What is the role of schools and education in our society?
HENRY GIROUX: Schools should be democratic public spheres. They should be places that educate people to be informed, to learn how to govern rather than be governed, to take justice seriously, to spur the radical imagination, to give them the tools that they need to be able to both relate to themselves and others in the wider world, in a way in which they can imagine that world as a better place….At the heart of any education that matters, is a central question: How can you imagine a future much different than the present, and a future that basically grounds itself in questions of economic, political and social justice?
…The Obama administration is a disgrace on education. The Obama administration basically is an administration that has bought the neoliberal line. It drinks the orange juice. It doesn’t see schools as a public good. It doesn’t see schools as places where basically we can educate students in a way to take democracy seriously and to be able to fight for it. It sees them as basically kids who should be part of the global workforce. But it does more, because not understanding schools as democratic public spheres means that the only place you can really go is either to acknowledge and not do anything about the fact that many of them are now modeled after prisons, or, secondly, they become places that kill the radical imagination. Teaching for the test is a way to kill the radical imagination. It’s a way to make kids boring. It’s a way to make them ignorant. It’s a way to shut them off from the world in a way in which they can recognize that their agency matters. It matters. You can’t be in an environment and take education seriously, when your education is under—when your agency is under assault. Can’t do it.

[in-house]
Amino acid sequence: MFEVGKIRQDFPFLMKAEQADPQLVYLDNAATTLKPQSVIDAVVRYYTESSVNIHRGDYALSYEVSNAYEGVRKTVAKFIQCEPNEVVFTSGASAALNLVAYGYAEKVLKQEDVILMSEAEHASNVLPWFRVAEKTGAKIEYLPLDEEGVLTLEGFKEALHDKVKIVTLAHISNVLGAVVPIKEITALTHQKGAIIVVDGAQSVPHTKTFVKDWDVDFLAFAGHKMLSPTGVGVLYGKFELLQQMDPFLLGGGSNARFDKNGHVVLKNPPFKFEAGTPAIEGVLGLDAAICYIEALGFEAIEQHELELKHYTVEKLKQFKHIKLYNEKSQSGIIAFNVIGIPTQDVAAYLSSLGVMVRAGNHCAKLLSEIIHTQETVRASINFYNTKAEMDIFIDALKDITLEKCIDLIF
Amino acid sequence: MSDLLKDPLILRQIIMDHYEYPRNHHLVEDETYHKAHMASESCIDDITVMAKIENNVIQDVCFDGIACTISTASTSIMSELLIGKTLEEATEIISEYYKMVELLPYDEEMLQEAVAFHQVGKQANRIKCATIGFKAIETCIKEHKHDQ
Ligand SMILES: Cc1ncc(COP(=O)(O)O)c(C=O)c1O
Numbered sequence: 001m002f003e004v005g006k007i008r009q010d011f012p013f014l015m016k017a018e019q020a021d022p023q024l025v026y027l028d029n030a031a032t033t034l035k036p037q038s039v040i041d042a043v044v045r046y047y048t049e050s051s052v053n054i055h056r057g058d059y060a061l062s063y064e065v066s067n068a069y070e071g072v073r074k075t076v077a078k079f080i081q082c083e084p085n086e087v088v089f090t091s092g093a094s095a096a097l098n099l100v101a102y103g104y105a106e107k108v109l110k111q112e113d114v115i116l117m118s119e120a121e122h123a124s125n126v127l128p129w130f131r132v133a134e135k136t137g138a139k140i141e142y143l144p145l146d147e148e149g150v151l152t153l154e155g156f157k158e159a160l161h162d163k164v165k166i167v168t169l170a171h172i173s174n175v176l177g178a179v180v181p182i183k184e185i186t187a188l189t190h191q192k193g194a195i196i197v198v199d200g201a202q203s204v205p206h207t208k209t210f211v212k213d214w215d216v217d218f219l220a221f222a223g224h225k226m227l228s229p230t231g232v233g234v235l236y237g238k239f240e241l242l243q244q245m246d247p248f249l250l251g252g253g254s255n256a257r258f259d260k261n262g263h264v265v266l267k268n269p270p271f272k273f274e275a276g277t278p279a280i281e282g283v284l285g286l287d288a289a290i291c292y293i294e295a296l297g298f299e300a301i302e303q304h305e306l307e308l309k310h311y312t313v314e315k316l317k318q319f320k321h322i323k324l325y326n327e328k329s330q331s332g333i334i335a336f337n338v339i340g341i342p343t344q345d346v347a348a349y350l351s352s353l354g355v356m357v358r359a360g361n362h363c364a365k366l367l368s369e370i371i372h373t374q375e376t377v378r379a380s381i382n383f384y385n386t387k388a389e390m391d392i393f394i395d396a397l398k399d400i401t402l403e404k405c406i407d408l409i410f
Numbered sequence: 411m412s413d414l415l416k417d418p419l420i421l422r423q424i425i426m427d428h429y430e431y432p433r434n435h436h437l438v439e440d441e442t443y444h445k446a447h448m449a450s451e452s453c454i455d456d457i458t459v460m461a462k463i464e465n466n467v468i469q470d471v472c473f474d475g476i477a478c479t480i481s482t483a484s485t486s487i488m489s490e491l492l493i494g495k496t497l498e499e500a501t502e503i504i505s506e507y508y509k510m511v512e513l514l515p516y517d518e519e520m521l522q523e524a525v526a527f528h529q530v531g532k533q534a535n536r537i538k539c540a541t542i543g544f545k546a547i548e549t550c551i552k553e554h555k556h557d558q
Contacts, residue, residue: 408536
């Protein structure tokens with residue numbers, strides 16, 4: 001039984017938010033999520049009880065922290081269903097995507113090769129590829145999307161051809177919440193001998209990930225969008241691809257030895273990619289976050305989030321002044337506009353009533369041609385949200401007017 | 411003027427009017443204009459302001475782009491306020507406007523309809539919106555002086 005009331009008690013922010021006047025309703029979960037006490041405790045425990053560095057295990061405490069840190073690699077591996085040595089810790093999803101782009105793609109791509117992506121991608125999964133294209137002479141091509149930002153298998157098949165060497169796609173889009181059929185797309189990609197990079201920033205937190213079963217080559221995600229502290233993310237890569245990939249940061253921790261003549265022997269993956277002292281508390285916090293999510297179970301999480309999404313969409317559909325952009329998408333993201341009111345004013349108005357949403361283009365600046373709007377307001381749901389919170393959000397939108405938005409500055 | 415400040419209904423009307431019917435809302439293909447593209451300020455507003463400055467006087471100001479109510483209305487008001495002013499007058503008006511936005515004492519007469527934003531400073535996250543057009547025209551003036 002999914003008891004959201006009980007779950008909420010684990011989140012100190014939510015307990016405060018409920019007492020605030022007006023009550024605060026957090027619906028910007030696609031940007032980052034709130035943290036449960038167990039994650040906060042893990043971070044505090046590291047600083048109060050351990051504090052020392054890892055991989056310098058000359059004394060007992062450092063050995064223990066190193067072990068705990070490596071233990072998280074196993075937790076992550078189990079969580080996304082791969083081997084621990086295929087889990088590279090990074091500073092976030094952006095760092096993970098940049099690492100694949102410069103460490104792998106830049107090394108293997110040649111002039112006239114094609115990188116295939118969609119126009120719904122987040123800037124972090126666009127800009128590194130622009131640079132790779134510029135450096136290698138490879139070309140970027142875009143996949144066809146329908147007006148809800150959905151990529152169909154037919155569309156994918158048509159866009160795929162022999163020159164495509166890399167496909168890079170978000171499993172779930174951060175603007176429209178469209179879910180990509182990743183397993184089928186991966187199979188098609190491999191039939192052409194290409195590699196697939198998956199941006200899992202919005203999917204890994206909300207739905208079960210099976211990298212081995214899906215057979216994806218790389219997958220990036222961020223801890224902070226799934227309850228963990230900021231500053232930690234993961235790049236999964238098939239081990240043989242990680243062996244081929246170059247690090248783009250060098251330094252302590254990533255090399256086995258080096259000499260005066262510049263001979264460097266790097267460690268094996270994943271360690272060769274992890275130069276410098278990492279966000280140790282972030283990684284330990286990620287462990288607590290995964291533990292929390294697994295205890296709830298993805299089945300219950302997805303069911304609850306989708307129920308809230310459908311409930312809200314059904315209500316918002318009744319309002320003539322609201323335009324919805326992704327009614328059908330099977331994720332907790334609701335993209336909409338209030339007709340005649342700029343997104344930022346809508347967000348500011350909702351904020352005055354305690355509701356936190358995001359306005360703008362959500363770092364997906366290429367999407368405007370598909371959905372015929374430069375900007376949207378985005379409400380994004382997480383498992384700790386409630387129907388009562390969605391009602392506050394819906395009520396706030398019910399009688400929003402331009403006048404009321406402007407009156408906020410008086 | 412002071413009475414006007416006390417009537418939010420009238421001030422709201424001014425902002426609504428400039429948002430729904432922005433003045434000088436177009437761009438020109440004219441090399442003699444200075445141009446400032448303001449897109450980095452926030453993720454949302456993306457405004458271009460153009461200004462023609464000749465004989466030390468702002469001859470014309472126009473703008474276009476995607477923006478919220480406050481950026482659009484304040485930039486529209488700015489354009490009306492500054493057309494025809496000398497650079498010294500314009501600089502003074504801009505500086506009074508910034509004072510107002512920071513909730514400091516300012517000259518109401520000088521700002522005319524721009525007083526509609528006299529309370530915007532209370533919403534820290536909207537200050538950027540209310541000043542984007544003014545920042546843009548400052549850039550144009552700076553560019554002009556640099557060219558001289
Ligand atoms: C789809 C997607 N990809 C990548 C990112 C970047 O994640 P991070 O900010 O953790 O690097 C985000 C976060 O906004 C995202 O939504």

…Three things about the Left disturb me. One is, they never really have taken education seriously. They think education is about schooling. What they don’t realize is that forms of domination are not just simply structural. They’re also about changing consciousness. They’re also about getting people to invest in a language in which they can recognize that the problems that we’re talking about have something to do with their lives. It means making something meaningful, to make it critical, to make it transformative.
Secondly, the Left is too involved in isolated issues. We’ve got to bring these issues together to create a mass social movement that in some way really challenges the kind of power that we’re now confronting.
from His Holiness Maharishi Mahesh Yogi addresses the Harvard Law Forum, 1968 (title says 1970, but it was 1968):
His Holiness the Dalai Lama’s address on secular ethics in education, Emory University, June 25, 2016:
“Last Day of the Semester: – Into the World of Work” Robert Reich addresses his UC Berkeley students – excellent, fun talk!
“Last Lecture” by Robert Reich to UC Berkeley Class of 2014
HH Dalai Lama: Education Matters, addresses University of Sydney 2013